Recent developments in anti-angiogenic and vascular-disrupting therapies as well as hypofractionated radiotherapy have shown the great potential of tumor vasculature as a therapeutic target for cancer medicine. We have an original idea for using targeted gold nanoparticles as vascular disruptive agents (VDA) in conjunction with clinical megavoltage photon beams. Unlike competing proposals, we recognize that gold nanoparticles tend to accumulate in, and can even be targeted for, tumor blood vessels and that these structures may be more important for anti-cancer therapy than clonogenic cell death. Due to the short distance traveled by x-ray induced photoelectrons, the endothelial cells of the tumor will receive a sizable boost in dose, even for clinical megavoltage photon irradiation. We are proposing a therapy that would be highly compatible with current clinical practice and could offer a substantial clinical benefit. Upon the successful completion of the aims, we will have demonstrated the validity of two underlying premises: 1) gold nanoparticles can be effectively, and safely, targeted to the tumor endothelium, and 2) the incidence of endothelial cell apoptosis during radiotherapy will be highly correlated to the proximity and local concentrations of gold nanoparticles.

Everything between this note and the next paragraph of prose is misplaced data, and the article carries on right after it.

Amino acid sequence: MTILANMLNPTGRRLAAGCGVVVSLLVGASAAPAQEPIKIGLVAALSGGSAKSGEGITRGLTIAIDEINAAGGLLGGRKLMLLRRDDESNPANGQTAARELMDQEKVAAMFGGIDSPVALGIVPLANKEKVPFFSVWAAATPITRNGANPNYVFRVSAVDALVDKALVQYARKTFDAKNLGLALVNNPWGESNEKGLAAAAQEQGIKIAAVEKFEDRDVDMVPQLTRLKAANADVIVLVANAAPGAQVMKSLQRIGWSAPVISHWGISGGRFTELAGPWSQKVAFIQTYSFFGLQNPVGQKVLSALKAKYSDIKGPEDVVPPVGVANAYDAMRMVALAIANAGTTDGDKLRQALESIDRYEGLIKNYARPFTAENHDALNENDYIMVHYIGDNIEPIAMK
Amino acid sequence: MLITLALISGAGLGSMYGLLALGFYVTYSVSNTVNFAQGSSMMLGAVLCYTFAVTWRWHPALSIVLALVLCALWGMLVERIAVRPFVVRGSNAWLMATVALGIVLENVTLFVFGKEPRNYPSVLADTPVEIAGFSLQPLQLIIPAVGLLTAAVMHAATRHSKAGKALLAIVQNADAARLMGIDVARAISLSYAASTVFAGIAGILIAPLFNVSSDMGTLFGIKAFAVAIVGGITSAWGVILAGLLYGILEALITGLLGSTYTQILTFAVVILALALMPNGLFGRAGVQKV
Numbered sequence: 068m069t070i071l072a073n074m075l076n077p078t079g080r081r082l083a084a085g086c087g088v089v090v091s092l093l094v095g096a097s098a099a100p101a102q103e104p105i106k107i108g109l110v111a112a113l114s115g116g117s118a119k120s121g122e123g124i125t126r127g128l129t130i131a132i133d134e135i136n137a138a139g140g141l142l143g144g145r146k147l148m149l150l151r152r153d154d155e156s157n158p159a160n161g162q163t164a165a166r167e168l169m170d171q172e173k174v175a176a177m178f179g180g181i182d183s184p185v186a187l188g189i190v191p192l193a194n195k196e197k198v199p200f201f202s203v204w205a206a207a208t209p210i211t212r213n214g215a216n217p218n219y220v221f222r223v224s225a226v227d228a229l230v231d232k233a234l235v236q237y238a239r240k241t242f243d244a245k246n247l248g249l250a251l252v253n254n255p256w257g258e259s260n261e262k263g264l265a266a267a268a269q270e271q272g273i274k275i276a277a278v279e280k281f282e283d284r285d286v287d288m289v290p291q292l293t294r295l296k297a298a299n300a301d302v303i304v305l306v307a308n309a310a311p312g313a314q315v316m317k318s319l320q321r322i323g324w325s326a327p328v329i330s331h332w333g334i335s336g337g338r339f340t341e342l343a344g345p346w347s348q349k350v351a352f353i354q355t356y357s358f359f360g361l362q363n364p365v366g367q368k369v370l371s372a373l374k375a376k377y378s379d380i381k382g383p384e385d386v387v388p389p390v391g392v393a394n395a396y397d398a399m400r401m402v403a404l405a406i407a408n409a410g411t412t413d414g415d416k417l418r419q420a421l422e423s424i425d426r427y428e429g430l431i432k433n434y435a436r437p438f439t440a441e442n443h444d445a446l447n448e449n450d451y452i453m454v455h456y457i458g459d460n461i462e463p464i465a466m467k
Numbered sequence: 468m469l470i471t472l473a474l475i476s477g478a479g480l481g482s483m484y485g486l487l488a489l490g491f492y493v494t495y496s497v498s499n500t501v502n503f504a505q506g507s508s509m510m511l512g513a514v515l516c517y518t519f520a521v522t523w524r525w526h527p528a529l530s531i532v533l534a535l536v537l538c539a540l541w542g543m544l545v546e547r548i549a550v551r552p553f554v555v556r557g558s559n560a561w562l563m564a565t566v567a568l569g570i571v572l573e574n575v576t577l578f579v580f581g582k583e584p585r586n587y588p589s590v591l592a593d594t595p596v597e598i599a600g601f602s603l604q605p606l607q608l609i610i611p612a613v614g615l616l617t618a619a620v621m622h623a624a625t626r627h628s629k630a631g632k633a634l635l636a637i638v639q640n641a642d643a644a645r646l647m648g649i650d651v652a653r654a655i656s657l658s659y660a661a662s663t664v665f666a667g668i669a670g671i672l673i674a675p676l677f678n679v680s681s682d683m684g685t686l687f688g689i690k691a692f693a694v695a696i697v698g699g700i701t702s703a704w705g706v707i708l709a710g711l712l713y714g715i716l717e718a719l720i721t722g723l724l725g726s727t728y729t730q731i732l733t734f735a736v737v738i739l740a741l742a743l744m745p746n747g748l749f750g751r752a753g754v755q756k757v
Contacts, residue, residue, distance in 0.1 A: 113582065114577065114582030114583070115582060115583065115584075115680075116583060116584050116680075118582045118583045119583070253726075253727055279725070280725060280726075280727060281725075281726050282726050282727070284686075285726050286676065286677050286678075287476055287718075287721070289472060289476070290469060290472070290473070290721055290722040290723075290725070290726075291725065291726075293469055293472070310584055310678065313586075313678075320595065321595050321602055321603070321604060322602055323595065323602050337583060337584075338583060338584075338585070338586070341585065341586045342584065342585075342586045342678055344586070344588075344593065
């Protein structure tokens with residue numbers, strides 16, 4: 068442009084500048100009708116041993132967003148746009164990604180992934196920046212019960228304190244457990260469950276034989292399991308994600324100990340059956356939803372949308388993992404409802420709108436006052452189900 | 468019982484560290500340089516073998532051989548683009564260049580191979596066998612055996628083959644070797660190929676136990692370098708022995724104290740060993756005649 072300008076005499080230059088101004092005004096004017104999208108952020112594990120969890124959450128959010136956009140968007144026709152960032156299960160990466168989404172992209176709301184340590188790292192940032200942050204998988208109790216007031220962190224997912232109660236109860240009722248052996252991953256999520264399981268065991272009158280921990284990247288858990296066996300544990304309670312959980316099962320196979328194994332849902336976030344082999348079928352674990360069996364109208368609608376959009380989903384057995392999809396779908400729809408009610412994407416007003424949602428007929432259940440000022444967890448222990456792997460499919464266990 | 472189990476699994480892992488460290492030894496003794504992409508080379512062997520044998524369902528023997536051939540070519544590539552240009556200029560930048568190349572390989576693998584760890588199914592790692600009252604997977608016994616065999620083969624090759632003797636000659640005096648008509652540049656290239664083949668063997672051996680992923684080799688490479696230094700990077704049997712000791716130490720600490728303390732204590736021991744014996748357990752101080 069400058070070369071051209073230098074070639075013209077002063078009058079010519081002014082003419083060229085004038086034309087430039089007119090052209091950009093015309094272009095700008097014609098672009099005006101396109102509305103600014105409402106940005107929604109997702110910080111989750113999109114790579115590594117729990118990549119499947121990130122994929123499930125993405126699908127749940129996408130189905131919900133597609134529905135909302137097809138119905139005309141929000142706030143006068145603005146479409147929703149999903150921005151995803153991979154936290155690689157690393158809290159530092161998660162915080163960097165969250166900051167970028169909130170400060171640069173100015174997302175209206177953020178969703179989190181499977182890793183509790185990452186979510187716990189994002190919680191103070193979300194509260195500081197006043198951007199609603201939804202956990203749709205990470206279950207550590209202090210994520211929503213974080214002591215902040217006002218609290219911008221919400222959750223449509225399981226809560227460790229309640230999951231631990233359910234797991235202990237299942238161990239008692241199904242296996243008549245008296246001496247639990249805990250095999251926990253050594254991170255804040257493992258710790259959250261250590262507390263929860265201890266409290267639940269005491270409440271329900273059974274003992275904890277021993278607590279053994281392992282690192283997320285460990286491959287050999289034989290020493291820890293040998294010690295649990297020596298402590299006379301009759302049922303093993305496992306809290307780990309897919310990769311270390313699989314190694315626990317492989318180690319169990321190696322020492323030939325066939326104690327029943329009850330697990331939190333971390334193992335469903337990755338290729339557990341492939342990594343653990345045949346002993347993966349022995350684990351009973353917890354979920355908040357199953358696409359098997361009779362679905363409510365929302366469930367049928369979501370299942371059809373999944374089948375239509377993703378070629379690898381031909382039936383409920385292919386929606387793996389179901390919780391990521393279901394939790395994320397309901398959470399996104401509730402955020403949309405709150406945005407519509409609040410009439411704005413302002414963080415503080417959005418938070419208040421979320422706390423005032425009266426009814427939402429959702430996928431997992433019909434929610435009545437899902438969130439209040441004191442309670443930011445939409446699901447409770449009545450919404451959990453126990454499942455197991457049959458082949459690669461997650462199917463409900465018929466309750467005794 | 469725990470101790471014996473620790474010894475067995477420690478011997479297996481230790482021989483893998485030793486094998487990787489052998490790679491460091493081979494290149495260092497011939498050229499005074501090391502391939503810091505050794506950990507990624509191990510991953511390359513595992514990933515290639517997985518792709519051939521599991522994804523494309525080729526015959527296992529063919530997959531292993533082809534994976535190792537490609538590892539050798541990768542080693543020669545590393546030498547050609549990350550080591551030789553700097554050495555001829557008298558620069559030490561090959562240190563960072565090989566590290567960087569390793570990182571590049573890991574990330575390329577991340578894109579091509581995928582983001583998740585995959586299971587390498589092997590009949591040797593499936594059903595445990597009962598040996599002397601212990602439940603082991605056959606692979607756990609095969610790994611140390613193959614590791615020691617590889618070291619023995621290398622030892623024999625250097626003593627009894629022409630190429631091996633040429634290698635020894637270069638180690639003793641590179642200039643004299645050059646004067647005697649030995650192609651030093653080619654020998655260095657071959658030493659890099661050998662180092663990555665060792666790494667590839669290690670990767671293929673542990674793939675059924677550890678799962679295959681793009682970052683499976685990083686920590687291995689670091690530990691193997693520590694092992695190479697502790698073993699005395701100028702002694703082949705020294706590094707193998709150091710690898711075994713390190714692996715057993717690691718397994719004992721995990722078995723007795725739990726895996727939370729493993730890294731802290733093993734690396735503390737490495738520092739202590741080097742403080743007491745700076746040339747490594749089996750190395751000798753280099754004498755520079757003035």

The goal of this project is the improvement of cancer therapy by employing gold nanoparticles, specifically targeted to tumor blood vessels, during radiation therapy. These nanoparticles will give off an extra radiation dose to their immediate surroundings during therapeutic irradiation. The ensuing collapse of the tumor vasculature could lead to large scale cancer cell death and potentially halt metastasis.
|Ngwa, Wilfred; Kumar, Rajiv; Sridhar, Srinivas et al. (2014) Targeted radiotherapy with gold nanoparticles: current status and future perspectives. Nanomedicine (Lond) 9:1063-82|
|Detappe, Alexandre; Tsiamas, Panagiotis; Ngwa, Wilfred et al. (2013) The effect of flattening filter free delivery on endothelial dose enhancement with gold nanoparticles. Med Phys 40:031706|